Target Health Blog

The NIH CounterAct Program and FDA's Animal Rule

March 11, 2019

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Before a medical product can be approved by FDA, the sponsor must prove efficacy showing that the product works. In some cases, such as developing medical countermeasures (MCMs) for potential bioterror threats, human challenge studies (exposing people to the threat agent) would not be ethical or feasible. In these cases, FDA may grant approval based on well-controlled animal studies, when the results of those studies establish that the drug or biologic product is reasonably likely to produce clinical benefit in humans. The product sponsor must still demonstrate the product's safety in humans.

The 13th Annual CounterACT Network Symposium brings together chemists, toxicologists, drug developers, pharmacists, clinicians, and public health researchers, and offers NIH CounterACT scientists the opportunity to present their latest research findings for the purpose of sharing this information with their fellow researchers and Program Officials.

Target Health is very pleased that Dr. Jules T. Mitchel will presenting a keynote presentation at this year's Symposium, being held on June 18-20, 2019 at the New York Academy of Sciences. across from the World Trade Center. The presentation is entitled “Working with the U.S. Food and Drug Administration to Obtain Approval of Products under the Animal Rule.“ Our good friend and colleague, Dr. Jeffrey Laskin is the overall director of The Rutgers CounterACT Center.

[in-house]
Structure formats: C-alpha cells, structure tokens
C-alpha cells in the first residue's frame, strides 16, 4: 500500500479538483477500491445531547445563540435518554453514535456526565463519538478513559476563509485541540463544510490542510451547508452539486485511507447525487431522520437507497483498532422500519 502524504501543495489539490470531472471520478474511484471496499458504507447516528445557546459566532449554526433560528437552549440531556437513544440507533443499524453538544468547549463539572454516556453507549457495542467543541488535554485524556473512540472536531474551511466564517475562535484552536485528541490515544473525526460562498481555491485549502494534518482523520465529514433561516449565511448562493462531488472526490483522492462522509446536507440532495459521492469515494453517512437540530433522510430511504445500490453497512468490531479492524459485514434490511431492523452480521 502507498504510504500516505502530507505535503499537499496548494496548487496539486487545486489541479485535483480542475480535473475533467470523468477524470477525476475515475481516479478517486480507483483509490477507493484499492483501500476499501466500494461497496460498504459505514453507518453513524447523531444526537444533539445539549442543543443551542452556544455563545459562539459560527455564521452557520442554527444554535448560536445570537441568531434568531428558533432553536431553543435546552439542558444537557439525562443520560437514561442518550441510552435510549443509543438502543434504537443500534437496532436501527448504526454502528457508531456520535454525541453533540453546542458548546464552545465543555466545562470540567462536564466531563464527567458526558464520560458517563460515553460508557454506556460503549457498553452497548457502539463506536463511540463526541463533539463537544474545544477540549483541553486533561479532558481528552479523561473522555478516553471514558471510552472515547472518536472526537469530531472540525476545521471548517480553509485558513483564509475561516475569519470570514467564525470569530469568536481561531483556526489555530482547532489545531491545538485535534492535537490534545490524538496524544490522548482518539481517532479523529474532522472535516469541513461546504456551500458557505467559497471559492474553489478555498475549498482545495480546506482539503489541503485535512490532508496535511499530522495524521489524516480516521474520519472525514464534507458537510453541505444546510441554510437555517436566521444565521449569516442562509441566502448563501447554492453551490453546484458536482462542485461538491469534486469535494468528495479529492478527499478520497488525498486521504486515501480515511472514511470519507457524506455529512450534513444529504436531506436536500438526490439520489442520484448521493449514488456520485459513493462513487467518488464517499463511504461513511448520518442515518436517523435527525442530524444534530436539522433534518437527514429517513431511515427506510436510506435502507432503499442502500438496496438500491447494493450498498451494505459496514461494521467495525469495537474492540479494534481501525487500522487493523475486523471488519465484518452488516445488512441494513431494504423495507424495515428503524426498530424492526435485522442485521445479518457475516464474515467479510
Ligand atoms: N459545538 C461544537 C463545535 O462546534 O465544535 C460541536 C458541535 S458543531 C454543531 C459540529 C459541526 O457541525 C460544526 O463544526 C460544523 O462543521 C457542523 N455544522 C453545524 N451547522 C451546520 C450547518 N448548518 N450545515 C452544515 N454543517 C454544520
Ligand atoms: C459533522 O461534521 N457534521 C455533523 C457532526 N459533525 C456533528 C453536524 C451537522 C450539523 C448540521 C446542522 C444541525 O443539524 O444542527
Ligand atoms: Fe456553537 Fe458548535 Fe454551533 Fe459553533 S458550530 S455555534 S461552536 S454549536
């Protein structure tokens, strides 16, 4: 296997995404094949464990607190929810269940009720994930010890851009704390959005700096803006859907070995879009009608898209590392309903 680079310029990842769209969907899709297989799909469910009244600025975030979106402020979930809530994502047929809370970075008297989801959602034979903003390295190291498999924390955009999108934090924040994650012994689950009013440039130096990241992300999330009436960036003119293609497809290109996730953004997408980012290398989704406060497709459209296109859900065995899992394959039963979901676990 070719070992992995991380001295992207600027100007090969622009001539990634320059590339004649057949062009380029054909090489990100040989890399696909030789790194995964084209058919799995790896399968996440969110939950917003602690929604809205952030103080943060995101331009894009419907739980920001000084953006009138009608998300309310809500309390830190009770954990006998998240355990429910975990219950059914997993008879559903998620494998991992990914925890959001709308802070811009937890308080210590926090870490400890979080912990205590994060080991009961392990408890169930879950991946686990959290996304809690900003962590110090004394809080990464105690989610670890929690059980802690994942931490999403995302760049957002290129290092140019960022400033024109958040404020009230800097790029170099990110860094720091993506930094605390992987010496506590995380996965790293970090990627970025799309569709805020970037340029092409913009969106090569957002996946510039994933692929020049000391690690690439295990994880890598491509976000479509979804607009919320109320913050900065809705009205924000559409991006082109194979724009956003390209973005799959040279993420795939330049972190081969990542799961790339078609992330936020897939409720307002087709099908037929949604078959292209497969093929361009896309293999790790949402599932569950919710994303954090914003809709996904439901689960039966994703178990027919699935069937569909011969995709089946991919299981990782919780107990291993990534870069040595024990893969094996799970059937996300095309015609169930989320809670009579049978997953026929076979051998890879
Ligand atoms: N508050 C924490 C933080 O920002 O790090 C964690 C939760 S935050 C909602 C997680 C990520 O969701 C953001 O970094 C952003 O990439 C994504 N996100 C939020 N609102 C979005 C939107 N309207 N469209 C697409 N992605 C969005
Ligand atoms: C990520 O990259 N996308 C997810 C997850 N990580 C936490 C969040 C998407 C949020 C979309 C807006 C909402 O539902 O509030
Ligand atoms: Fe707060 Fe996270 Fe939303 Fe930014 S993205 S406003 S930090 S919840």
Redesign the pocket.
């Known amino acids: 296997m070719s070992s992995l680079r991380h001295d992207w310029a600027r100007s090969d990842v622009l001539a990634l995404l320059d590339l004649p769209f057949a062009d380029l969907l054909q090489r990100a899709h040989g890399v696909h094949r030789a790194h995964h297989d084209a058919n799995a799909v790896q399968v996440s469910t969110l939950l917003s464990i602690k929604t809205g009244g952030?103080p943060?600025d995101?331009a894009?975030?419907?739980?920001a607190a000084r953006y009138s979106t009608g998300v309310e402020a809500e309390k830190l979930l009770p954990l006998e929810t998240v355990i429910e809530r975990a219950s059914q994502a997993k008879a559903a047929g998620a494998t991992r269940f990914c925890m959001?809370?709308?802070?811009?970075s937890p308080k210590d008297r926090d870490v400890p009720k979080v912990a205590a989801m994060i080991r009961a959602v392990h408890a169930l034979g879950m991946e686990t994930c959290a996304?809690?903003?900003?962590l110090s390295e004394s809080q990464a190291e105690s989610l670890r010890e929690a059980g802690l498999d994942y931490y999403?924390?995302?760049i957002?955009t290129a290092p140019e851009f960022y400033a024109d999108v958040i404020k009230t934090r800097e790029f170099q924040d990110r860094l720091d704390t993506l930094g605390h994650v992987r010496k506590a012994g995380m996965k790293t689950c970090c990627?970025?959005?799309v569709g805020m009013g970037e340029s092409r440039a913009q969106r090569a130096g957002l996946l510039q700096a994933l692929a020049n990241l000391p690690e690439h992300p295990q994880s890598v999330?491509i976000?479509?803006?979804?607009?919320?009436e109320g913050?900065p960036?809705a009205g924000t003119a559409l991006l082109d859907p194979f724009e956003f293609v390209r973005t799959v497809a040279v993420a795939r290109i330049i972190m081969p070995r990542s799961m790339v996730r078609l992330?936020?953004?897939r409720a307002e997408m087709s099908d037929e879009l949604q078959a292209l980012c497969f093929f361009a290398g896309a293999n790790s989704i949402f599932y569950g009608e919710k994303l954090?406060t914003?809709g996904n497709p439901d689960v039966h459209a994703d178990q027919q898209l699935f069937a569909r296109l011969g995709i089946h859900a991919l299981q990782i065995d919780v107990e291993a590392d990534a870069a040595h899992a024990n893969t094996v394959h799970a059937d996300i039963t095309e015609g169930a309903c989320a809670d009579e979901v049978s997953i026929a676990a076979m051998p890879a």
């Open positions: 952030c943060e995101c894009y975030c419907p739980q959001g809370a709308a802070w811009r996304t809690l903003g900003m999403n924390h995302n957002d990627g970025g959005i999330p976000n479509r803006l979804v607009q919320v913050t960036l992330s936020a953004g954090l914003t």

The CounterACT program supports basic and translational research aimed at the identification of better therapeutic medical countermeasures against chemical threat agents, and facilitates their movement through the drug development and regulatory processes in collaboration with other federal departments, agencies, and initiatives, such as the Biomedical Advanced Research and Development Authority (HHS BARDA) and the FDA Medical Countermeasures Initiative (MCMi). CounterACT is part of the HHS Public Health Emergency Medical Countermeasures Enterprise (PHEMCE), which coordinates MCM-related efforts across HHS and USG interagency partners. This NIH-led program includes a comprehensive network of Research Centers of Excellence, individual co-operative research projects, small business innovation research grants, contracts, and interagency agreements with the Department of Defense.

For more information about Target Health, contact Warren Pearlson (212-681-2100 ext. 165). For additional information about software tools for paperless clinical trials, please also feel free to contact Dr. Jules T. Mitchel. The Target Health software tools are designed to partner with both CROs and Sponsors. Also visit the Target Health Eating Website to see all of the fantastic recipes since 2012.

Joyce Hays, Founder and Editor in Chief of On Target

Jules Mitchel, Editor

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